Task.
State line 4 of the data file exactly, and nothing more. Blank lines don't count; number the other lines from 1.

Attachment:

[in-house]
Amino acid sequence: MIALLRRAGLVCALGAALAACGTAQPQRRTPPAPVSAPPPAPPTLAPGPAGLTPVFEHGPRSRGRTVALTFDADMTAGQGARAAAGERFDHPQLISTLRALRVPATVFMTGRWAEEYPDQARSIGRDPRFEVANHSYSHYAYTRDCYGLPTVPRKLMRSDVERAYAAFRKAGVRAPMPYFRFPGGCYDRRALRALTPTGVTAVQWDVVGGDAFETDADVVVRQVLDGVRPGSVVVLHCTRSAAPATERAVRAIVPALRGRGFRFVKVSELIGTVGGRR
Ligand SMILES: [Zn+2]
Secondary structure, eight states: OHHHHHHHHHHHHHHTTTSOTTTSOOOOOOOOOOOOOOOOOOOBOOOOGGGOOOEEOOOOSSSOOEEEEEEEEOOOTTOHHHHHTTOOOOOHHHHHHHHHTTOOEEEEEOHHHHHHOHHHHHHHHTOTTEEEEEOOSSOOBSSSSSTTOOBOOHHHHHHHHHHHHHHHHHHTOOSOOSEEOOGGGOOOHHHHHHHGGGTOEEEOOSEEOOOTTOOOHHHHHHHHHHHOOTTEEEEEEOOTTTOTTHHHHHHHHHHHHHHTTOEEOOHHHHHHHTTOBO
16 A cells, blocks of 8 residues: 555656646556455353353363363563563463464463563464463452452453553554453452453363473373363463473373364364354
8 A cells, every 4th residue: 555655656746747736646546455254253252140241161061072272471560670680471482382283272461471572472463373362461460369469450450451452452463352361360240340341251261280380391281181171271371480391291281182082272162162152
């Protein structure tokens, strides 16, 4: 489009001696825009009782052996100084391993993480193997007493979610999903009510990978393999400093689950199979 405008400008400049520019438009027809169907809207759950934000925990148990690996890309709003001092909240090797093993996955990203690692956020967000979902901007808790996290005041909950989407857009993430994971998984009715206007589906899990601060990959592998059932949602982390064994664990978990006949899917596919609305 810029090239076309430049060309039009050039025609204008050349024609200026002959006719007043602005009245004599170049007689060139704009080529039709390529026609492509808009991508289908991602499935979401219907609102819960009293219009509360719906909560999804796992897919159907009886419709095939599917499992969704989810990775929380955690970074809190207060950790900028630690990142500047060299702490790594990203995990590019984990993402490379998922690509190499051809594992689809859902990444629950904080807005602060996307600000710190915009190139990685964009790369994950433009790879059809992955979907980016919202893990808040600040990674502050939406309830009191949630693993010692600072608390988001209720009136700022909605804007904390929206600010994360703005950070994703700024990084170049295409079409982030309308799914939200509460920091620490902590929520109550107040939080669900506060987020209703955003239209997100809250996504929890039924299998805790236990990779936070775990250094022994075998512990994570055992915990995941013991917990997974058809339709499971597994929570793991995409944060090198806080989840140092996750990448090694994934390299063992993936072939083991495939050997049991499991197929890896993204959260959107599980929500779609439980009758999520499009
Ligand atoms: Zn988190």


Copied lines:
Secondary structure, eight states: OHHHHHHHHHHHHHHTTTSOTTTSOOOOOOOOOOOOOOOOOOOBOOOOGGGOOOEEOOOOSSSOOEEEEEEEEOOOTTOHHHHHTTOOOOOHHHHHHHHHTTOOEEEEEOHHHHHHOHHHHHHHHTOTTEEEEEOOSSOOBSSSSSTTOOBOOHHHHHHHHHHHHHHHHHHTOOSOOSEEOOGGGOOOHHHHHHHGGGTOEEEOOSEEOOOTTOOOHHHHHHHHHHHOOTTEEEEEEOOTTTOTTHHHHHHHHHHHHHHTTOEEOOHHHHHHHTTOBO